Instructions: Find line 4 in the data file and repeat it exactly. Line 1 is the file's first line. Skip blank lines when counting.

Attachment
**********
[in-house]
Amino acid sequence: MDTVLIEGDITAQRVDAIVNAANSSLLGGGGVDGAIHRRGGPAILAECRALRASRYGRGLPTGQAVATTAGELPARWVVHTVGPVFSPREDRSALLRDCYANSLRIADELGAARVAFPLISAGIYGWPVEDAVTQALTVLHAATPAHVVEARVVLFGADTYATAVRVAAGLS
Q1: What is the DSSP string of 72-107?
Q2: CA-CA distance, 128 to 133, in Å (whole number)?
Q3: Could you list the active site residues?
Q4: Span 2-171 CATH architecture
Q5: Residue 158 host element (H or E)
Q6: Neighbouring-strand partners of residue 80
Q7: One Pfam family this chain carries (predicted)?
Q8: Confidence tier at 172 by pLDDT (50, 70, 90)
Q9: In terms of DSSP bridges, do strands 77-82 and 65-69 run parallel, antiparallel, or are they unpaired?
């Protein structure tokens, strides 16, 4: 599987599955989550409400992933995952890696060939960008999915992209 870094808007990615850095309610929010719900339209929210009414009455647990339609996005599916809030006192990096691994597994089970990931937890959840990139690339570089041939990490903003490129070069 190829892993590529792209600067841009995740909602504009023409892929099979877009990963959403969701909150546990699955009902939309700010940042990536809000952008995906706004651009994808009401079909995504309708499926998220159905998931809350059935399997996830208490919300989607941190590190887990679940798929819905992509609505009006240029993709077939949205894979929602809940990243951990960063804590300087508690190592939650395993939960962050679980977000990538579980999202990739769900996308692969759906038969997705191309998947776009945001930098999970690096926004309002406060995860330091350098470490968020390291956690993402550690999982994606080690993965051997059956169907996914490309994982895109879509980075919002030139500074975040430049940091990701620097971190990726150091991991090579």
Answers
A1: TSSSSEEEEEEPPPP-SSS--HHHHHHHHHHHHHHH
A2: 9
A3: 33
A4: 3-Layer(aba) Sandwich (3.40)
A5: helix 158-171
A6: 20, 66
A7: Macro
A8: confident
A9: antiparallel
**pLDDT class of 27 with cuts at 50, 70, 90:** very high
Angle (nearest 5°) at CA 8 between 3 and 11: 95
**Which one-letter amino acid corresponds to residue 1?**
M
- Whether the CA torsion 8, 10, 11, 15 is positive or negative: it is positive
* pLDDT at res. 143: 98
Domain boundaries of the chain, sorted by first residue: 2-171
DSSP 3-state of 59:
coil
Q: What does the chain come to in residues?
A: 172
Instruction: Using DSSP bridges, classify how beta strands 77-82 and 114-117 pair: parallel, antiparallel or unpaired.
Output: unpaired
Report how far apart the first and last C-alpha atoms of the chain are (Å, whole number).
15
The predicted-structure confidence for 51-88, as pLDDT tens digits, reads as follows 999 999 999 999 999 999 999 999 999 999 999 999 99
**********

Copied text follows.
Q2: CA-CA distance, 128 to 133, in Å (whole number)?